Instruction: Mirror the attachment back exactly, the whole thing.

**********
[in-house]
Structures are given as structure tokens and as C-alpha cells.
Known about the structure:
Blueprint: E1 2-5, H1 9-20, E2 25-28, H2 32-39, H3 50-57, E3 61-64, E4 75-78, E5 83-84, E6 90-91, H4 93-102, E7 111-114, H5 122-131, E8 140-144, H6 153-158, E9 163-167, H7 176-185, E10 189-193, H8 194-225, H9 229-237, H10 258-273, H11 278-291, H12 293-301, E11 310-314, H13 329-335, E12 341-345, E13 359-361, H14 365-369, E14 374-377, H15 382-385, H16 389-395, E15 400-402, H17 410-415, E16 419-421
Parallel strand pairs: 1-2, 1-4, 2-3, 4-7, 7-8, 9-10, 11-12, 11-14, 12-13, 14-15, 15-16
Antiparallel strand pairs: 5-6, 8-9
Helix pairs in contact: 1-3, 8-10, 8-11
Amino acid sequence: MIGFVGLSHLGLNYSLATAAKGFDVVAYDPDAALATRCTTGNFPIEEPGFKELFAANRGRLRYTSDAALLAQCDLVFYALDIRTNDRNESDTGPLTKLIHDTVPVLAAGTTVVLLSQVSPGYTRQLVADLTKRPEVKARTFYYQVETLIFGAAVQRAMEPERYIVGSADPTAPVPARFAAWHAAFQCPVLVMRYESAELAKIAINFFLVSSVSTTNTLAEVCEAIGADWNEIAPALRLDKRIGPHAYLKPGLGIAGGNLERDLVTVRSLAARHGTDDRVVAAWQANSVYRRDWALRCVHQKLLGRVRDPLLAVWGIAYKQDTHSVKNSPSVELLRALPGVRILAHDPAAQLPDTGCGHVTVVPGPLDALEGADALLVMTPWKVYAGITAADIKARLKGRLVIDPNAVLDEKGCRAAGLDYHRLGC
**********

[in-house]
Structures are given as structure tokens and as C-alpha cells.
Known about the structure:
Blueprint: E1 2-5, H1 9-20, E2 25-28, H2 32-39, H3 50-57, E3 61-64, E4 75-78, E5 83-84, E6 90-91, H4 93-102, E7 111-114, H5 122-131, E8 140-144, H6 153-158, E9 163-167, H7 176-185, E10 189-193, H8 194-225, H9 229-237, H10 258-273, H11 278-291, H12 293-301, E11 310-314, H13 329-335, E12 341-345, E13 359-361, H14 365-369, E14 374-377, H15 382-385, H16 389-395, E15 400-402, H17 410-415, E16 419-421
Parallel strand pairs: 1-2, 1-4, 2-3, 4-7, 7-8, 9-10, 11-12, 11-14, 12-13, 14-15, 15-16
Antiparallel strand pairs: 5-6, 8-9
Helix pairs in contact: 1-3, 8-10, 8-11
Amino acid sequence: MIGFVGLSHLGLNYSLATAAKGFDVVAYDPDAALATRCTTGNFPIEEPGFKELFAANRGRLRYTSDAALLAQCDLVFYALDIRTNDRNESDTGPLTKLIHDTVPVLAAGTTVVLLSQVSPGYTRQLVADLTKRPEVKARTFYYQVETLIFGAAVQRAMEPERYIVGSADPTAPVPARFAAWHAAFQCPVLVMRYESAELAKIAINFFLVSSVSTTNTLAEVCEAIGADWNEIAPALRLDKRIGPHAYLKPGLGIAGGNLERDLVTVRSLAARHGTDDRVVAAWQANSVYRRDWALRCVHQKLLGRVRDPLLAVWGIAYKQDTHSVKNSPSVELLRALPGVRILAHDPAAQLPDTGCGHVTVVPGPLDALEGADALLVMTPWKVYAGITAADIKARLKGRLVIDPNAVLDEKGCRAAGLDYHRLGC